This edition of “The Faith-Life Children’s Christmas Service” marks the seventy-sixth anniversary of its first publication in Faith-Life, December 16, 1929, when it was introduced as the annual Christmas Eve celebration in various Protes’tant parishes and households. In its rudimentary elements the service was conceived by Rev. Christian Philipp Koehler (1828-1895), who emigrated from his home in Neuwied-Wupperthal north of Frankfurt-am-Main as a mission school graduate in 1854, to join the newly-founded (1850) Wisconsin Evangelical Lutheran Synod, defining Scriptural Lutheran doctrine and practice until his death forty years later. The Service was developed to its finished basic liturgical form by Koehler’s grandson Karl (1885-1948) in 1910 when, at 25, he was serving his first pastorate at Kingston, Wisconsin. He was later professor at Northwestern College, Watertown, Wisconsin, 1921-1924, and editor of Faith-Life, 1929-1948. Like all Lutheran liturgical forms that have taken shape since Luther’s expurgation and restructuring of the Roman mass, “The Children’s Christ Mass” allows for and invites variable cultivation to accommodate local custom and limitation or competence within the decorum of the truth and beauty of the Gospel.
The Service as here presented has been in use, at first in German, from 1925 to 1934 in Trinity Ev. Lutheran Congregation, Township of Liberty, Manitowoc County, Wisconsin, and from 1930 to the present in the sister congregation, Grace Ev. Lutheran, Valders, Wisconsin; under the pastorate in both parishes of Rev. Paul Hensel (1888-1977) until his retirement in 1972; and until 1955 under the direction of Miss Lydia Karth [Schuelke] (1887-1970), primary school teacher in Liberty 1927-1935, and choir director and organist at Trinity and Grace. Thus the Service has established a spiritual heritage of inestimable value for the hearts and minds of Wisconsin Synod congregations for 95 years. It was first published in German in 1913 by Northwestern Publishing House, Milwaukee, Wisconsin.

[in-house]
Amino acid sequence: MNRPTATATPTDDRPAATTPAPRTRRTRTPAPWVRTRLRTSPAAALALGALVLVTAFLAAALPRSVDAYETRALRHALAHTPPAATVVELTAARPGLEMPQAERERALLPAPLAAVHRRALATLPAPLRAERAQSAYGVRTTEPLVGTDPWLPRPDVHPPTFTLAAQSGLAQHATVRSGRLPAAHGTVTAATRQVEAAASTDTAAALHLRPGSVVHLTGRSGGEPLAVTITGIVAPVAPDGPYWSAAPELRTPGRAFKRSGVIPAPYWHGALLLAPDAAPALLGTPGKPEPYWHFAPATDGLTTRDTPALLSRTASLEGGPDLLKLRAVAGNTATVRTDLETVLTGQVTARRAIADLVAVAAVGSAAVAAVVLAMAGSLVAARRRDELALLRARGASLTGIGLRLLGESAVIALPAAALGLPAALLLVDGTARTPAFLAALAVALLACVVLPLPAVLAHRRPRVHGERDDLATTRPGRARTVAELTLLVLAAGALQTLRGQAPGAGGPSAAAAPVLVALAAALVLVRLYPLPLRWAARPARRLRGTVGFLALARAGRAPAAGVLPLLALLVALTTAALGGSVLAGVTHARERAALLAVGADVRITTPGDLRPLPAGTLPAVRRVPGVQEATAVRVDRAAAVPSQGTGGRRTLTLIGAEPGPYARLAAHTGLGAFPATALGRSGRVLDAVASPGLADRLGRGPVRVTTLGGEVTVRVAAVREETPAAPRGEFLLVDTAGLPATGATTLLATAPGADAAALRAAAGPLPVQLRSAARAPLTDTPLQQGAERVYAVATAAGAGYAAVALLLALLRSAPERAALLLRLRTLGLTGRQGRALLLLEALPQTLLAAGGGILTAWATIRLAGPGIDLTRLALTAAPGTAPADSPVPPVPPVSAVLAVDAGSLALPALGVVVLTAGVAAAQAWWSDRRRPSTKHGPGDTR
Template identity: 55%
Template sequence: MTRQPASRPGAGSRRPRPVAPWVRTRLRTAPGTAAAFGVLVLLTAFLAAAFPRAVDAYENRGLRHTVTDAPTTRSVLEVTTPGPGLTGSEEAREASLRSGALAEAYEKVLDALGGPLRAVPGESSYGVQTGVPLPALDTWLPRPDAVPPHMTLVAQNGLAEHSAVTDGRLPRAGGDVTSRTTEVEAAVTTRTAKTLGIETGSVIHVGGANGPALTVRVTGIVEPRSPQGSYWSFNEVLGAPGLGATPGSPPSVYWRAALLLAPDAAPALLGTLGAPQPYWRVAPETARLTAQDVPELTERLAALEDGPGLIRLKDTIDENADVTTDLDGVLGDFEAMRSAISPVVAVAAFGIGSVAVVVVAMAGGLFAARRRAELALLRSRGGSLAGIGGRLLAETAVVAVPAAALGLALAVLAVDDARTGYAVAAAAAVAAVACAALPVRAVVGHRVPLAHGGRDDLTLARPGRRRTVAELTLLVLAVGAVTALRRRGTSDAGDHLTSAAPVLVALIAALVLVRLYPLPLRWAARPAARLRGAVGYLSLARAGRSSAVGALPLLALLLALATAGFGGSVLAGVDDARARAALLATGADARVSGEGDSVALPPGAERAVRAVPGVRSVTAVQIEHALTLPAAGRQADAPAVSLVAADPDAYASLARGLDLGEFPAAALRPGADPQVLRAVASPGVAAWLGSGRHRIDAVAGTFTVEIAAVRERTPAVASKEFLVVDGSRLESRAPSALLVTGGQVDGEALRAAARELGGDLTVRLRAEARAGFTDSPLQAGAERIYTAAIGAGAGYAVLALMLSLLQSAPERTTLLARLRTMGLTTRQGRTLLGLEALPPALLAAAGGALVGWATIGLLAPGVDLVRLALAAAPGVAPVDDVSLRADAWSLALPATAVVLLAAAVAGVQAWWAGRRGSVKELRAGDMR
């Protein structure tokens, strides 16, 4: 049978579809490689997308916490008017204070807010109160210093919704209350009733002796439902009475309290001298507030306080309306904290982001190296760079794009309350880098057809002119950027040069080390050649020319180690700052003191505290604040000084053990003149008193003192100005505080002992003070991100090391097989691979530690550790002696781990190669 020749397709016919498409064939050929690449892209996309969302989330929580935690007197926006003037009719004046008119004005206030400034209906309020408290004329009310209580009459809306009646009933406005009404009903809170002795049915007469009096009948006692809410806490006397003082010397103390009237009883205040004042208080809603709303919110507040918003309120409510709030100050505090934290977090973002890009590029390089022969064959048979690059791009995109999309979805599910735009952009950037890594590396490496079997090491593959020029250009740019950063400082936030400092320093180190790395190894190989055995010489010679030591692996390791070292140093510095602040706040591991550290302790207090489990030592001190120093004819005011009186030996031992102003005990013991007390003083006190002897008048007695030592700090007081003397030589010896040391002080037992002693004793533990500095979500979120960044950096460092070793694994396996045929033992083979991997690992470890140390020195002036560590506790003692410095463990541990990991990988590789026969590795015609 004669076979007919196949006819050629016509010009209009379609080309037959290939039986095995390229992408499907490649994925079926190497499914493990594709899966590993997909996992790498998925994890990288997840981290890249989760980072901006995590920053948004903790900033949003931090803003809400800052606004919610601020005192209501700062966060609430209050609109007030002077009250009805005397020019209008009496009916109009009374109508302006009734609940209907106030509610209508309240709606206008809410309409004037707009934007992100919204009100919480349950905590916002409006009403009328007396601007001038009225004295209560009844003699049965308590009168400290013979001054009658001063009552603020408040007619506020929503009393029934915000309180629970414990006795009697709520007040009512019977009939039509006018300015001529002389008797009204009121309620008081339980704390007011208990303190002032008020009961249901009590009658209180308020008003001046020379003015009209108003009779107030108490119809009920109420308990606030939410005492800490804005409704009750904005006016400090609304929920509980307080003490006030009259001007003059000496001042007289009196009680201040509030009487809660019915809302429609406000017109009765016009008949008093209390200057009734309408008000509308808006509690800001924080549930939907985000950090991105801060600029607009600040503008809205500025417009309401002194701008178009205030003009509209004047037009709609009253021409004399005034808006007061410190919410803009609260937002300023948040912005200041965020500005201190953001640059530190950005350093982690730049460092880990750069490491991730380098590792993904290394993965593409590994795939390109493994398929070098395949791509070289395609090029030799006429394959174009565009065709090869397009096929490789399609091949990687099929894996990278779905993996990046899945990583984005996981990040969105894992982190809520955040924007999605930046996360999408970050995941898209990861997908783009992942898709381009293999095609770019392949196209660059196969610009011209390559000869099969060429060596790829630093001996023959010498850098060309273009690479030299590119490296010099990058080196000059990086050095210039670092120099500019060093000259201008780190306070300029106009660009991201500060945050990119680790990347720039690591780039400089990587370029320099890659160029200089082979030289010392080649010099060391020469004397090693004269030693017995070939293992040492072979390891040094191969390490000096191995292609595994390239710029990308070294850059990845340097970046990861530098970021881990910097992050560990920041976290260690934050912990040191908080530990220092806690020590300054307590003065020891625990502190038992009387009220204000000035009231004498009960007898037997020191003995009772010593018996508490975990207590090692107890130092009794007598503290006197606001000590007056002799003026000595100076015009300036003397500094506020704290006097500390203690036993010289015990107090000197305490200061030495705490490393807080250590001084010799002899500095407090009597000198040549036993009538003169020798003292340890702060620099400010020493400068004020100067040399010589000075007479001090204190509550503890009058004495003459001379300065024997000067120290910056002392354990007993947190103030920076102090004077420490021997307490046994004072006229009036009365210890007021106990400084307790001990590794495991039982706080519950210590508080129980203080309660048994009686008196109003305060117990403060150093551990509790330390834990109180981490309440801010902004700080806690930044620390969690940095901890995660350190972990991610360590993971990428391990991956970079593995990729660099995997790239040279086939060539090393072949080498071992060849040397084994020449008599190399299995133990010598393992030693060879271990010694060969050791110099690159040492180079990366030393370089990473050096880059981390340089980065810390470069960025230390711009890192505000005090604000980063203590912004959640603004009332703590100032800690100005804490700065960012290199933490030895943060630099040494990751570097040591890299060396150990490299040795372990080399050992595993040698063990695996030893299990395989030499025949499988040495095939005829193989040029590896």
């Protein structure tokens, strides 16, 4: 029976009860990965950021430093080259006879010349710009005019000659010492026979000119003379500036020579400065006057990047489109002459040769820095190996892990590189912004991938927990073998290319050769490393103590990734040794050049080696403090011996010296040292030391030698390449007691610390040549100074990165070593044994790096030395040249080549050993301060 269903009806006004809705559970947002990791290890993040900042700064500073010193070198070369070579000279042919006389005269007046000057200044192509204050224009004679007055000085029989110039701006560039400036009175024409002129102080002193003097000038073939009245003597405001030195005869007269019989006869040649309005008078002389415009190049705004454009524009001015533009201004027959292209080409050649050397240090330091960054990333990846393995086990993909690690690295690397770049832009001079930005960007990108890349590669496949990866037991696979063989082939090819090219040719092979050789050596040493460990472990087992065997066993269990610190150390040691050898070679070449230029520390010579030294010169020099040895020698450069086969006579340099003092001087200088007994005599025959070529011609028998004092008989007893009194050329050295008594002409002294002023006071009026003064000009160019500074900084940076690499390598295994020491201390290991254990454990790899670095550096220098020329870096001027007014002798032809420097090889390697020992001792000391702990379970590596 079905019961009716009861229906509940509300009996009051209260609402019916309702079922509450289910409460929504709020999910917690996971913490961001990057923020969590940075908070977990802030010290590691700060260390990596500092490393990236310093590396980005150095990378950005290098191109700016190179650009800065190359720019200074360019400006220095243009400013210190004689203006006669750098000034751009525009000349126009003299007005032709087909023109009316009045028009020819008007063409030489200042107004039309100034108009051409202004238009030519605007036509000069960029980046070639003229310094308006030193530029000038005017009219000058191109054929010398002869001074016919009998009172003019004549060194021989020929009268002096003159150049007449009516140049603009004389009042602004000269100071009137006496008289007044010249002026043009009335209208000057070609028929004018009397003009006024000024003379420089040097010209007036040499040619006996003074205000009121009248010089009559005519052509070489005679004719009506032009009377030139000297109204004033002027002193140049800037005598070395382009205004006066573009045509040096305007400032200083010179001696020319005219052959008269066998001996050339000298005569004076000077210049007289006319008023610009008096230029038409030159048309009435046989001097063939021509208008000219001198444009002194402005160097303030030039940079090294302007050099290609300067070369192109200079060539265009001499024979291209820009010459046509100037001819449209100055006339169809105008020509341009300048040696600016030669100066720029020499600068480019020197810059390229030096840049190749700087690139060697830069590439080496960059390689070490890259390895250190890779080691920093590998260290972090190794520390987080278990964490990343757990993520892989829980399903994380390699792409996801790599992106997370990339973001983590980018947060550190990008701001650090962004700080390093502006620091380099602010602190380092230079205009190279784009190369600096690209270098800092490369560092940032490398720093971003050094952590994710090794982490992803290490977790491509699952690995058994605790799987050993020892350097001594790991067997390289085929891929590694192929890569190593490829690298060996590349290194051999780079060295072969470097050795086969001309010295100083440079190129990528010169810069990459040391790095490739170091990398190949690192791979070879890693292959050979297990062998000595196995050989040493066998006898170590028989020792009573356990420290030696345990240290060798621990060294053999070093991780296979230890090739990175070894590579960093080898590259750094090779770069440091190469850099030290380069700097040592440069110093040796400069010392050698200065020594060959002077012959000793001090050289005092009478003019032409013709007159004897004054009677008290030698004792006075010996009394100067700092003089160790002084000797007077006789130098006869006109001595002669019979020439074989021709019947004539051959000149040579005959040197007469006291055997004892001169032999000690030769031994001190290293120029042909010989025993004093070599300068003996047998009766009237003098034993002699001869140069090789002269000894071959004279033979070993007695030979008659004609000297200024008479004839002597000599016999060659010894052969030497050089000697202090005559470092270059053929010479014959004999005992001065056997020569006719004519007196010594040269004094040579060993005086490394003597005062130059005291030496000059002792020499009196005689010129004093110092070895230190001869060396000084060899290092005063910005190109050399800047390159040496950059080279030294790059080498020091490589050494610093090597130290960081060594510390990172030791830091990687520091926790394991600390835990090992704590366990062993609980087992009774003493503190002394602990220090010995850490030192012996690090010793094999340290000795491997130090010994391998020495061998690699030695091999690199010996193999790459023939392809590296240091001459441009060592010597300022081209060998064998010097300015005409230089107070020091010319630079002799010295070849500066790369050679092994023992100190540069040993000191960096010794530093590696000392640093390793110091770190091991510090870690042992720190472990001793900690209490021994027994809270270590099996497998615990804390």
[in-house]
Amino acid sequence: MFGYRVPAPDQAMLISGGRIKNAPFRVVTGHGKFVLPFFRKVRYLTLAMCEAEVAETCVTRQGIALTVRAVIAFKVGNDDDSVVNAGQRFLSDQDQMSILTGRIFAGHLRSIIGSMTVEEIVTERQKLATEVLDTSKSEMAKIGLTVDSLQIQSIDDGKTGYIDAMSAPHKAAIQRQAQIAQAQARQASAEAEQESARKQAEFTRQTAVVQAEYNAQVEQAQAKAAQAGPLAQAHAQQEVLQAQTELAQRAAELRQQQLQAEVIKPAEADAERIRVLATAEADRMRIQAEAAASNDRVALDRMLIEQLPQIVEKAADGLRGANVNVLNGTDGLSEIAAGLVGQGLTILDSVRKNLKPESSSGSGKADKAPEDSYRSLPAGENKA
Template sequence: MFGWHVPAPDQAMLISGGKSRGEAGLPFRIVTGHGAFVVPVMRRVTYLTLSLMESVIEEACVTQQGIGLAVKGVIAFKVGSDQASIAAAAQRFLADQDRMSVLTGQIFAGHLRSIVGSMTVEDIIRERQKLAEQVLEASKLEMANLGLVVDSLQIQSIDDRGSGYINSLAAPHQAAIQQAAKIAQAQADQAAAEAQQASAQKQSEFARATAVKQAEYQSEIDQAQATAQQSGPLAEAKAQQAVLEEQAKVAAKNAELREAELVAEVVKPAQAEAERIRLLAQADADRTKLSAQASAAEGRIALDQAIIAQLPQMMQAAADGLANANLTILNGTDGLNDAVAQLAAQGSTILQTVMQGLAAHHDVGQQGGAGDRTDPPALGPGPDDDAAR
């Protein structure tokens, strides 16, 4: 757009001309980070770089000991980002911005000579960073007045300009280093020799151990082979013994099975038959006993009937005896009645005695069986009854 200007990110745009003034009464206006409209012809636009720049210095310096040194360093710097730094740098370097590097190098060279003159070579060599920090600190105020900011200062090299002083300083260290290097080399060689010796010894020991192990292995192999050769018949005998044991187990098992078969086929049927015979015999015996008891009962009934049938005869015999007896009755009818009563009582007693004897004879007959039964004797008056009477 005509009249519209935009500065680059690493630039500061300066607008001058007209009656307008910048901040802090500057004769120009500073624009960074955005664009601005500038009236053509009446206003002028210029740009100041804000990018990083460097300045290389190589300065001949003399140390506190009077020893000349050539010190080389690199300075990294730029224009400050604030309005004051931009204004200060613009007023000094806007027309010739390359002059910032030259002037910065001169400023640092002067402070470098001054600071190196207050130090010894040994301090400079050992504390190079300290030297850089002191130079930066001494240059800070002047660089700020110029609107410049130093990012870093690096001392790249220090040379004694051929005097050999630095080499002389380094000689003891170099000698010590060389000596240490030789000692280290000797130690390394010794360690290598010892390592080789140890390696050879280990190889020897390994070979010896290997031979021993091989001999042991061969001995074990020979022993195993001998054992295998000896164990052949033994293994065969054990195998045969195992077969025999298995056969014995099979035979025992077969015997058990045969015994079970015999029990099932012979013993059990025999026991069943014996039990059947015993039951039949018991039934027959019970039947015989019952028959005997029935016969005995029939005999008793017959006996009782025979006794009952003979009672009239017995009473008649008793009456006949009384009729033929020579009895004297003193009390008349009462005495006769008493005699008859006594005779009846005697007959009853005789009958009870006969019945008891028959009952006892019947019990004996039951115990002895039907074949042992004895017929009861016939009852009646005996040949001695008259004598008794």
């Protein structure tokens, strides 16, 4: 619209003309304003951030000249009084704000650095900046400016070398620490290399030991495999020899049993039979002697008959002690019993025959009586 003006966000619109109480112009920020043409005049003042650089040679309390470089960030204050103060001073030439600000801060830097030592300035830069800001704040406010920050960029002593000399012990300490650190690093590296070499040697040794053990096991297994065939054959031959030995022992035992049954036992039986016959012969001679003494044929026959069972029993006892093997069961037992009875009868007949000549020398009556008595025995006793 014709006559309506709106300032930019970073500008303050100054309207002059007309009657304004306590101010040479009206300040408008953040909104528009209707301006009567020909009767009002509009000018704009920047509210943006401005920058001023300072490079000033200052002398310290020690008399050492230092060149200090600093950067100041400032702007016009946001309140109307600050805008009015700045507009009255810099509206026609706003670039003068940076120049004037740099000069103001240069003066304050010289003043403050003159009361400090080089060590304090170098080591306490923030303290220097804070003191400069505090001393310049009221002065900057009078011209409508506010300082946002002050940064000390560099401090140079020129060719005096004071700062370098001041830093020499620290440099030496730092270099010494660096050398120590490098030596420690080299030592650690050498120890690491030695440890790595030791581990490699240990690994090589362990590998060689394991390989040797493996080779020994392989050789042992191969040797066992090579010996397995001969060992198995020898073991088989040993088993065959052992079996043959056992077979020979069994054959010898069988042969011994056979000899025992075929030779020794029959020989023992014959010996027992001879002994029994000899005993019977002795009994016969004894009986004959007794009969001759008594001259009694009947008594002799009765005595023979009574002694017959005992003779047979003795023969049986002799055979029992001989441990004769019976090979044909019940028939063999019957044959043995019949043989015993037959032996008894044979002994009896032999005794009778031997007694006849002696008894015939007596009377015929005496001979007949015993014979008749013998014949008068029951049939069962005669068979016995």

This edition amplifies the text with the complete musical score, and presents examples of paintings and drawings from the Reformation era which further serve to focus the attention of the participant on the Gospel of Jesus Christ. Two pertinent articles, originally published in Faith-Life, which trace the history and nature of liturgical Christmas worship, and this service in particular, are also included.
The service stands unique among all known efforts to compose the sum of divine prophecy and proclamation, and of the cultural treasures of the church universal bearing on the Nativity of Christ, a supreme work of art, and a model in the organic evolution of congregational worship since, in the time of Adam’s third son, men first began in fellowship to call upon the name of the Lord.
The Holy Spirit expressly exhorts us throughout Scripture as implied in the first three Commandments, to be in love with the Lord our God with all our heart, and with all our soul, and with all our strength and with all our mind, and with our neighbor as our self; to pray, praise, and give thanks without ceasing; to worship Him in spirit and in truth; to consider our whole life a creative act of worship. He Himself discovers to us the early pearls, and has put a new, that is, an original song in our mouth, one never heard before. He opens our lips so that our mouths can show forth His praise to express the personal faith He has given to us. He Himself directs our rehearsal in this vale of tears, until in all eternity we join the hosts of just men made perfect. Then shall our mouths be filled with laughter, and our tongue with singing.